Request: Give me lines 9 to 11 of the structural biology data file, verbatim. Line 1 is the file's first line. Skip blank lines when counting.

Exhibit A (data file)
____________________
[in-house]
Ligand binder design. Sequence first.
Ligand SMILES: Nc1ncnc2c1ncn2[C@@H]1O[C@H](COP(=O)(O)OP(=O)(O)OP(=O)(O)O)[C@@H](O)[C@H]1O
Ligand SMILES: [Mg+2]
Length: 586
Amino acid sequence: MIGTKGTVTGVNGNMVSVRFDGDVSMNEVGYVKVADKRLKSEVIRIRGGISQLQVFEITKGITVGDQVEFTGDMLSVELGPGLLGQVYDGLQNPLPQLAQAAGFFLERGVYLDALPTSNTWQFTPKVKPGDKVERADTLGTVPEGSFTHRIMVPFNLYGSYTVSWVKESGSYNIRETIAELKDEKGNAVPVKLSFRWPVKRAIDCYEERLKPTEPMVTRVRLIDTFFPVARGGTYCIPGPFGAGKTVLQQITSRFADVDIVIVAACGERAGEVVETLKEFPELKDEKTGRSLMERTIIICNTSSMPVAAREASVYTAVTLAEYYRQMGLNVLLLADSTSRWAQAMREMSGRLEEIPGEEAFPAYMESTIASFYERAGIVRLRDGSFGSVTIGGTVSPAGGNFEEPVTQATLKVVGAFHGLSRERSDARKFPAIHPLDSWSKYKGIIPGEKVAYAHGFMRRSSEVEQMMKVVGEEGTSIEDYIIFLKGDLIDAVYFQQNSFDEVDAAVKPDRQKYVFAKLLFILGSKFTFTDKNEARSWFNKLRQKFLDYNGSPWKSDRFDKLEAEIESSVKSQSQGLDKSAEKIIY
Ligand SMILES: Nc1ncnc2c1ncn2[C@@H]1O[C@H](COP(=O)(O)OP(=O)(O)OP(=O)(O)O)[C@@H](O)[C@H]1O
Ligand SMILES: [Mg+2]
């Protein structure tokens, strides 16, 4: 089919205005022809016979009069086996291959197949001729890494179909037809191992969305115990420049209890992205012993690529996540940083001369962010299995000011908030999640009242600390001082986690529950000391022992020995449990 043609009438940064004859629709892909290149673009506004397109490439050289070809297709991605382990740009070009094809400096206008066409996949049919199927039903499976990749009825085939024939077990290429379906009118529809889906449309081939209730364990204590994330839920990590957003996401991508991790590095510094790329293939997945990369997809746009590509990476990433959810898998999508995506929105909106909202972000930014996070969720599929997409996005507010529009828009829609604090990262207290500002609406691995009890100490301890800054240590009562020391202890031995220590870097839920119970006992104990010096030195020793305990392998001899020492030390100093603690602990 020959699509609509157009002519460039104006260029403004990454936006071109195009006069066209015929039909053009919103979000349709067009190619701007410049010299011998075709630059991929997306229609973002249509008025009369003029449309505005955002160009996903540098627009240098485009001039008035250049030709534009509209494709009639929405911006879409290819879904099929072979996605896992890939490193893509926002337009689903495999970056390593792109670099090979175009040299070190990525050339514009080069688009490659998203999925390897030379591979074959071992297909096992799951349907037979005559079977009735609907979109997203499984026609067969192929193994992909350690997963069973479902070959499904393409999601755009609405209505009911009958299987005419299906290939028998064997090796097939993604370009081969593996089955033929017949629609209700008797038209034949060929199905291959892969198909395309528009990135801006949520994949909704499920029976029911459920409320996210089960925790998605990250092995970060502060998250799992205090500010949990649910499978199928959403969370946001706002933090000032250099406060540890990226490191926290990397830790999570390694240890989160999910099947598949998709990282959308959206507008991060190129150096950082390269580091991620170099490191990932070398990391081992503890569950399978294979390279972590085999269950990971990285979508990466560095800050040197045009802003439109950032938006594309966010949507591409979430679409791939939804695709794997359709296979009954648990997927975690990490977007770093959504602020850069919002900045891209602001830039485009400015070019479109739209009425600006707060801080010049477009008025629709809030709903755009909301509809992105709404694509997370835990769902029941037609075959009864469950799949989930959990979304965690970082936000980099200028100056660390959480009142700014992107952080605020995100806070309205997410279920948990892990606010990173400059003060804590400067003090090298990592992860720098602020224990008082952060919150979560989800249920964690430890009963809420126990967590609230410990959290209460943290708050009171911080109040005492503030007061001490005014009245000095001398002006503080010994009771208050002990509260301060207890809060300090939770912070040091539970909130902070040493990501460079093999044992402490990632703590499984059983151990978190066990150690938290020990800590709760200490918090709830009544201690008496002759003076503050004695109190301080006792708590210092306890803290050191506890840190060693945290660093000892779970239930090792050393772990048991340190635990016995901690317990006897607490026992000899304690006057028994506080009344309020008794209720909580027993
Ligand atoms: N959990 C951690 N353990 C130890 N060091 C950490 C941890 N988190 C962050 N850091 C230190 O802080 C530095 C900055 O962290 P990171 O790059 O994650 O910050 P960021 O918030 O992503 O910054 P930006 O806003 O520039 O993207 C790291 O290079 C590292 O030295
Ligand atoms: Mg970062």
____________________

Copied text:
């Protein structure tokens, strides 16, 4: 089919205005022809016979009069086996291959197949001729890494179909037809191992969305115990420049209890992205012993690529996540940083001369962010299995000011908030999640009242600390001082986690529950000391022992020995449990 043609009438940064004859629709892909290149673009506004397109490439050289070809297709991605382990740009070009094809400096206008066409996949049919199927039903499976990749009825085939024939077990290429379906009118529809889906449309081939209730364990204590994330839920990590957003996401991508991790590095510094790329293939997945990369997809746009590509990476990433959810898998999508995506929105909106909202972000930014996070969720599929997409996005507010529009828009829609604090990262207290500002609406691995009890100490301890800054240590009562020391202890031995220590870097839920119970006992104990010096030195020793305990392998001899020492030390100093603690602990 020959699509609509157009002519460039104006260029403004990454936006071109195009006069066209015929039909053009919103979000349709067009190619701007410049010299011998075709630059991929997306229609973002249509008025009369003029449309505005955002160009996903540098627009240098485009001039008035250049030709534009509209494709009639929405911006879409290819879904099929072979996605896992890939490193893509926002337009689903495999970056390593792109670099090979175009040299070190990525050339514009080069688009490659998203999925390897030379591979074959071992297909096992799951349907037979005559079977009735609907979109997203499984026609067969192929193994992909350690997963069973479902070959499904393409999601755009609405209505009911009958299987005419299906290939028998064997090796097939993604370009081969593996089955033929017949629609209700008797038209034949060929199905291959892969198909395309528009990135801006949520994949909704499920029976029911459920409320996210089960925790998605990250092995970060502060998250799992205090500010949990649910499978199928959403969370946001706002933090000032250099406060540890990226490191926290990397830790999570390694240890989160999910099947598949998709990282959308959206507008991060190129150096950082390269580091991620170099490191990932070398990391081992503890569950399978294979390279972590085999269950990971990285979508990466560095800050040197045009802003439109950032938006594309966010949507591409979430679409791939939804695709794997359709296979009954648990997927975690990490977007770093959504602020850069919002900045891209602001830039485009400015070019479109739209009425600006707060801080010049477009008025629709809030709903755009909301509809992105709404694509997370835990769902029941037609075959009864469950799949989930959990979304965690970082936000980099200028100056660390959480009142700014992107952080605020995100806070309205997410279920948990892990606010990173400059003060804590400067003090090298990592992860720098602020224990008082952060919150979560989800249920964690430890009963809420126990967590609230410990959290209460943290708050009171911080109040005492503030007061001490005014009245000095001398002006503080010994009771208050002990509260301060207890809060300090939770912070040091539970909130902070040493990501460079093999044992402490990632703590499984059983151990978190066990150690938290020990800590709760200490918090709830009544201690008496002759003076503050004695109190301080006792708590210092306890803290050191506890840190060693945290660093000892779970239930090792050393772990048991340190635990016995901690317990006897607490026992000899304690006057028994506080009344309020008794209720909580027993
Ligand atoms: N959990 C951690 N353990 C130890 N060091 C950490 C941890 N988190 C962050 N850091 C230190 O802080 C530095 C900055 O962290 P990171 O790059 O994650 O910050 P960021 O918030 O992503 O910054 P930006 O806003 O520039 O993207 C790291 O290079 C590292 O030295
Ligand atoms: Mg970062």